Problem Finding Thevenin Resitance

Discussion in 'Homework Help' started by thedog, Oct 11, 2013.

  1. thedog

    Thread Starter New Member

    Oct 11, 2013
    I set a closed circuit voltage of 1 between a and b. I tried using a mesh current method to solve it, but because the dependent voltage source is shared by two loops, I'm not sure of that way is possible.

    3(i1-i2)-0.5ix+2i1=0 ?

    Am I even on the right track? Any help is appreciated. Thanks
  2. WBahn


    Mar 31, 2012
    You are doing just fine.

    As a general note, I strongly recommend that you start tracking units throughout your work. Most mistakes you make will mess up your units and let you catch and correct them almost immediately. But it only works if you become religious about it.

    Since most authors are lousy about using units properly, that means that you will have to fill in the gaping blowholes they leave. In this case, you have a dependent voltage source whose output is given as 0.5ix. Well, 0.5 multiplied by a current is a current, not a voltage. The transfer coefficient for this supply is properly 0.5V/A. Similarly, the transfer coefficient on the dependent current source is 4A/V.

    With this in mind, you equations become

    ix = i1 - i2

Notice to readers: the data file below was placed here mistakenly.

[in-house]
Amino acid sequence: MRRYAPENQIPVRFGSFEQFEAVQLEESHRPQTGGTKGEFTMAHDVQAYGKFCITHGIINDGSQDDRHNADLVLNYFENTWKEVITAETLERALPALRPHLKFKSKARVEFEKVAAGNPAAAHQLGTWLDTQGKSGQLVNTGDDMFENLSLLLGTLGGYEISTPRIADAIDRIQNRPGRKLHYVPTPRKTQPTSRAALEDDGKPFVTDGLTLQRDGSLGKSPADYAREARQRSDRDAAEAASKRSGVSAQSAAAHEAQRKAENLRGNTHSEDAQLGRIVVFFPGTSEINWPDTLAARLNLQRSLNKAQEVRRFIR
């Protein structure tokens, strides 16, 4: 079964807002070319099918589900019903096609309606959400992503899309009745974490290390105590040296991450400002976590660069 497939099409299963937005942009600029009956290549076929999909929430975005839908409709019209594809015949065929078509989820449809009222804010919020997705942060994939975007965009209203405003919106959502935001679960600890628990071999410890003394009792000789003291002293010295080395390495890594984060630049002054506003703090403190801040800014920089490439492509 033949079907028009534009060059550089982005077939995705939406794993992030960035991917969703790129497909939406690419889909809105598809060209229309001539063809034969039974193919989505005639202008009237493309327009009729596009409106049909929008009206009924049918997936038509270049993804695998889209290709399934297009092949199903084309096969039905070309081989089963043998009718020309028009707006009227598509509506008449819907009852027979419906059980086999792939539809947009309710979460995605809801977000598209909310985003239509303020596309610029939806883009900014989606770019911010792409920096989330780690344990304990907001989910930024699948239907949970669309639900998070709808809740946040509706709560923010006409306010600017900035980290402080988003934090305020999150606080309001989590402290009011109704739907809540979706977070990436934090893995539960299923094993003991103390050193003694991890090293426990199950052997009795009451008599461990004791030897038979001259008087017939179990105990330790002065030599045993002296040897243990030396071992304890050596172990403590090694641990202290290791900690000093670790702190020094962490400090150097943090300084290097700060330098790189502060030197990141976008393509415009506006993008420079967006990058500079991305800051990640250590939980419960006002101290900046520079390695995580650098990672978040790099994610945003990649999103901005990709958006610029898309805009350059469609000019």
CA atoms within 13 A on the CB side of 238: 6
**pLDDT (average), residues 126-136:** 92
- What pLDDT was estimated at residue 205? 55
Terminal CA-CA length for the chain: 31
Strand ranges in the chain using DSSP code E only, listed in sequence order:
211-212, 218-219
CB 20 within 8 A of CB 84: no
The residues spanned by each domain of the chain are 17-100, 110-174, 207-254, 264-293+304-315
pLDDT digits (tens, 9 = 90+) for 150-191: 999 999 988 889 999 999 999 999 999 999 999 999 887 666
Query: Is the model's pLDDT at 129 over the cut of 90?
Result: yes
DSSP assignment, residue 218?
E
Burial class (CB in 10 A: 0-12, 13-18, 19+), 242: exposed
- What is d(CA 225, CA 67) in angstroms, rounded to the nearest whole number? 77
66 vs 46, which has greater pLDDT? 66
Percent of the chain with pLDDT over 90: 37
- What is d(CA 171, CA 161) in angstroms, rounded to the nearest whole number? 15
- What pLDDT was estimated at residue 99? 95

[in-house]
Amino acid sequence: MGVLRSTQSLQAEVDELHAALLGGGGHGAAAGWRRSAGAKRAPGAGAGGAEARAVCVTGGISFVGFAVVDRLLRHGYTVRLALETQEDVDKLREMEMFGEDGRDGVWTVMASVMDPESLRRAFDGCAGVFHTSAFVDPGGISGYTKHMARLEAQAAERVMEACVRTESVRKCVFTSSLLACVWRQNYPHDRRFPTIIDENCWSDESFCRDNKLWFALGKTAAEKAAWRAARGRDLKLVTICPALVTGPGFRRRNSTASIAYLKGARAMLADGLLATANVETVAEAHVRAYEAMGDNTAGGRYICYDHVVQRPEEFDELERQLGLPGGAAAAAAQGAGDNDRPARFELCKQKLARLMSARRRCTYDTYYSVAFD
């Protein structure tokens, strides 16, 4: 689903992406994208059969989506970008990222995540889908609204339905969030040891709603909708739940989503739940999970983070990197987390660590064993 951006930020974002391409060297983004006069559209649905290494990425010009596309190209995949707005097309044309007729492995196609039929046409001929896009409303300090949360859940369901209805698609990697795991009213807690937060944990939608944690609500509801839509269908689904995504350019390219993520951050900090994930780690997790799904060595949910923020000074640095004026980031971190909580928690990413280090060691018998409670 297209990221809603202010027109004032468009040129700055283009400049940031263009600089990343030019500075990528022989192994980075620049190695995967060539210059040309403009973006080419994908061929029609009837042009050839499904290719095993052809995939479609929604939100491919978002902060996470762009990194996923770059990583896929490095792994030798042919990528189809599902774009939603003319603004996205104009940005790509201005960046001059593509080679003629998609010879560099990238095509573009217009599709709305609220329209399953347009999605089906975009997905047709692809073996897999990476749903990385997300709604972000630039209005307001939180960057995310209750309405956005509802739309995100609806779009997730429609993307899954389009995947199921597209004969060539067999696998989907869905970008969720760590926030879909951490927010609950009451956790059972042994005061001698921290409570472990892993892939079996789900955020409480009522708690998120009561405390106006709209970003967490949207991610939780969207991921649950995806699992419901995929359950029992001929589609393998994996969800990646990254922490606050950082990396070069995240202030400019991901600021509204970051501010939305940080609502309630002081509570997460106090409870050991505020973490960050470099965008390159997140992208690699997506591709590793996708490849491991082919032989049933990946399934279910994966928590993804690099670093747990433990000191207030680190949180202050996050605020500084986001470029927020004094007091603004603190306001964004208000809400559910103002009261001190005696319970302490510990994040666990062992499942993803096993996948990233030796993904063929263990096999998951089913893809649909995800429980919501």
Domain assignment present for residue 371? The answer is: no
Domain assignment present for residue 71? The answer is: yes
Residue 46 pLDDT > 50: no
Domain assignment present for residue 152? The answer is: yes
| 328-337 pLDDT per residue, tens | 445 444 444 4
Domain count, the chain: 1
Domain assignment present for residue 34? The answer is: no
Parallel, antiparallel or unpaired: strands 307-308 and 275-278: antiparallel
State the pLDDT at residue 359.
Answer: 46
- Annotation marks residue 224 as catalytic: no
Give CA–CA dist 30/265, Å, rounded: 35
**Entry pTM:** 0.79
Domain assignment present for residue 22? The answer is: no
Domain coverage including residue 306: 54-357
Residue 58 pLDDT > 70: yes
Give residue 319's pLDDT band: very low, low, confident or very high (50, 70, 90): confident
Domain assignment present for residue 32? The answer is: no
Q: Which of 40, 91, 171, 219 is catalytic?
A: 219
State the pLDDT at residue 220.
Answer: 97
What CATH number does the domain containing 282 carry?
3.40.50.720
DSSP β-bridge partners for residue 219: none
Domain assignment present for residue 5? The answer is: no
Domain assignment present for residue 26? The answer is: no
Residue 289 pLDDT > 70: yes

i3 = -(4A/V)Vx
    Vx= (2Ω)i1
    (3Ω)(i1-i2) - (0.5V/A)ix + (2Ω)i1 = 0
    (3Ω)(i2-i1) + (3Ω)(i2-i1) = 1V

    Notice that this allows you to do a quick sanity check to see if there is even any point going any further. In order to add two terms, the units must be compatible -- you can add voltage to voltage but you can't add voltage to current. So scan each equation and see if all of the terms in that equation are compatible. In this case they are, so you can have some confidence that you didn't put a voltage source were you needed a current or vice-versa, which are very common mistakes.

    As for the issue of a dependent source being shared between two meshes, so what? It's not a problem for an independent voltage source to be shared between two meshes and both are simply devices that produce a specific voltage between the terminals while sourcing/sinking whatever current is needed to do so. Remember, mesh current analysis is nothing more than a formalized way of applying KVL around a set of loops.
    anhnha likes this.